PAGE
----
Because of data and analytics it’s a two-way street. The banks are getting better at extracting data that helps a carrier prepare to price claims risk, and the carriers have made huge advances in taking data about a customer from a bank and delivering pricing back instantly.
When you think about it, bankers are underwriting repayment risk and the carriers are underwriting claims risk—they’re both underwriting character and collateral, so they have a shared interest in the same set of data to do their business. And now these secure pipes we’ve built take data from the bank and deliver it to the carrier.
Banking Exchange: Who chooses the carrier?
A. We do. We describe our business as managing the “insurance aisle” in the bank’s store, so we’re responsible for managing all the products on the shelves of that aisle.
Every bank’s customer base is diversified. Some customers are problematic—“C or D paper” in banking parlance—so you have to have carriers that will underwrite substandard risk, standard risk, or preferred risk and compete for the customer’s business. The customer wants somebody they trust to shop for them—which is the bank. They just don’t want to be meeting somebody over the kitchen table.
Not a lead-gen model
Banking Exchange: The carriers you represent don’t contact the customer, correct?
A. That’s exactly correct and one of the reasons I believe that the banking vertical will end up being one of the largest distributors of P&C insurance in the U.S., just as it has become the largest distributor of mutual funds and annuity products.
The power of banks’ position as distributors is that they don’t have to do lead generation—no cold calling, no direct mail. They don’t have to bug a customer like Geico does with ads eight times a day. That’s because they know whether a customer is paying an insurance bill online, or that the customer will need insurance before they can close on a loan. They also know the general underwriting characteristics of their customers.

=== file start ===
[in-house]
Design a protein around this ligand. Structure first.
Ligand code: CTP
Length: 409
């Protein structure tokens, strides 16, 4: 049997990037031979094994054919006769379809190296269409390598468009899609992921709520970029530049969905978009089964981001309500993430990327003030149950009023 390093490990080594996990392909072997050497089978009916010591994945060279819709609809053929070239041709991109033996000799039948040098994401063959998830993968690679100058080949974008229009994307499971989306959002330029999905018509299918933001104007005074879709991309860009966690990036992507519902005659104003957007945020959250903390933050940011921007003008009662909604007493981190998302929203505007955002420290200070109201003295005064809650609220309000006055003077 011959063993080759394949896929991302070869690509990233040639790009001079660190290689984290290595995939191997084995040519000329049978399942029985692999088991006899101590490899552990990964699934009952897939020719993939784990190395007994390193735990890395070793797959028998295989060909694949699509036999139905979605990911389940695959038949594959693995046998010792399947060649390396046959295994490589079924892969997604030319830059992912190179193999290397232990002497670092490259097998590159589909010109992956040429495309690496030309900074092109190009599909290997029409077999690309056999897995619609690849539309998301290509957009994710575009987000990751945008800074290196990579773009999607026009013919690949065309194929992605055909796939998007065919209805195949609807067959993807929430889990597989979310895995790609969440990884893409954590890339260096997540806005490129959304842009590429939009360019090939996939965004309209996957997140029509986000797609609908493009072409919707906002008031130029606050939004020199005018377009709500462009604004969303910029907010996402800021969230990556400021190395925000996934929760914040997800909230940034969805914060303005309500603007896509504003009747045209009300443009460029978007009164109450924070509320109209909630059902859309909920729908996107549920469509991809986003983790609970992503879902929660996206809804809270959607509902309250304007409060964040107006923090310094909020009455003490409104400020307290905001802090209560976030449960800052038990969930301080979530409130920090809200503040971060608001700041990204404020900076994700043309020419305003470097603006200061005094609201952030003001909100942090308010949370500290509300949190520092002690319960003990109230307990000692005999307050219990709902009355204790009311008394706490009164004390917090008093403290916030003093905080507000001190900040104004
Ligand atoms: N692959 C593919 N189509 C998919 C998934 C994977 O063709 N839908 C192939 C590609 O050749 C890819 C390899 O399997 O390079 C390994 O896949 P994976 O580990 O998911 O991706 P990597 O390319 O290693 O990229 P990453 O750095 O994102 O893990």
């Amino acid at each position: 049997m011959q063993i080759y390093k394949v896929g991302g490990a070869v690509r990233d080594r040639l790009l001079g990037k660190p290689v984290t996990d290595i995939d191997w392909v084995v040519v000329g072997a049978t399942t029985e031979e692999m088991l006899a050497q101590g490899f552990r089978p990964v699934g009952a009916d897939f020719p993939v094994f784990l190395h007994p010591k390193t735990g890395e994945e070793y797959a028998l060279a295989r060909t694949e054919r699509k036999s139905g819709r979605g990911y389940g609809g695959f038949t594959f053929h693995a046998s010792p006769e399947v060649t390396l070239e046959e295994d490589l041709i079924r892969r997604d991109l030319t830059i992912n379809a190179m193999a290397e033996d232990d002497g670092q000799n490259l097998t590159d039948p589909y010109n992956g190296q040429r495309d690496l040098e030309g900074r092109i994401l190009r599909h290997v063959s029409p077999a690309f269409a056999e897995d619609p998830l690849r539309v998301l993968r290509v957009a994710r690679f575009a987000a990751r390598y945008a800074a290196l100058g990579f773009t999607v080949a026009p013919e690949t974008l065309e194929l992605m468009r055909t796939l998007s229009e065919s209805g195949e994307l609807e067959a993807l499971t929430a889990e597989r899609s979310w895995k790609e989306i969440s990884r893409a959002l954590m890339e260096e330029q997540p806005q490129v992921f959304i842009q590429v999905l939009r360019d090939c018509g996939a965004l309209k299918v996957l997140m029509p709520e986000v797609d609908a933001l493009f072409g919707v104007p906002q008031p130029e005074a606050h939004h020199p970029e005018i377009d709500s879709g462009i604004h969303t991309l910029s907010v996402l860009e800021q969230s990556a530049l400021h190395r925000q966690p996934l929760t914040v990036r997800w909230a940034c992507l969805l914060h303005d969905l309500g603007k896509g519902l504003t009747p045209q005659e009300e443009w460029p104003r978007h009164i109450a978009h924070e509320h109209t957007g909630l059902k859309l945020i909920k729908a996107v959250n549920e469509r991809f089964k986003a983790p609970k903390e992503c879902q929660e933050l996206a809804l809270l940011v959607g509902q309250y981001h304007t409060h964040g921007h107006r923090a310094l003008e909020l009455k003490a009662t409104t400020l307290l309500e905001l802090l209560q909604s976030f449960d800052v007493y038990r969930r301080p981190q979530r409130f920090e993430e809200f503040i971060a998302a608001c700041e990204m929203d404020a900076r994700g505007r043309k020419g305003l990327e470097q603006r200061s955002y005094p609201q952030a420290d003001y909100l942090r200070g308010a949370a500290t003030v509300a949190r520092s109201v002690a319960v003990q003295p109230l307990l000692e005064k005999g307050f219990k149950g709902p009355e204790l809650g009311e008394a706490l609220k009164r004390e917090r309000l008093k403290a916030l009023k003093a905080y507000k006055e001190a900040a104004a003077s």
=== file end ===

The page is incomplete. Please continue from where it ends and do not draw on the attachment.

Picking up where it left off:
We call all this the “instant of interest,” and no business vertical in the world is in a better position to offer insurance to a consumer or to a business than a financial institution.
Banking Exchange: You make it seem like banks are in a much stronger position than they realize—stronger than fintechs—in terms of insurance sales.
A. Banks have spent decades building up trusted relationships with massive addressable markets where they provide critical risk management and life planning capabilities. For a fintech to believe they’re going to build that same massive addressable market and that trusted relationship and replace the bank I think is a fool’s errand—at least over the next few decades.
One of our new clients, Wisconsin’s Associated Bank, has an extraordinarily successful in-market, brick and mortar agency complex. It has agents that handle high-end commercial risks, employee benefits, and life insurance sales related to complex family wealth transfer and tax-mitigation issues—things that aren’t conducive to online or over-the-phone work. But now they will bring up a digital platform to handle the needs of their million households and their thousands of small businesses that don’t want to meet with agents, and for which the cost structure would be prohibitive. So now these customers will be able to buy insurance at night if they choose, and can do it by call, click, or chat.
Claims, the moment of truth
Banking Exchange: Is Insuritas involved in handling policy claims?
Yes, and the moment of truth is around claims. The unique risk about a bank owning an agency is this: If the claim isn’t handled well, the bank doesn’t just lose the policy, it may lose the deposit, the loan, etc. So we say to our carriers, you’ve got to be particularly sensitive to providing a great claims experience for bank customers.
We have a stable of carriers who understand that the downstream exposure for a bank around a claim is significantly different than for a local agency. But we also monitor them. We also take 100% responsibility that the carrier executes flawlessly on the claims experience.
Overall, I believe banks will continue to scale as a formidable distribution platform for insurance because underwriting repayment risk is almost exactly the same as underwriting claims risk, and because they have very substantial brand equity. It’s a natural extension of their business.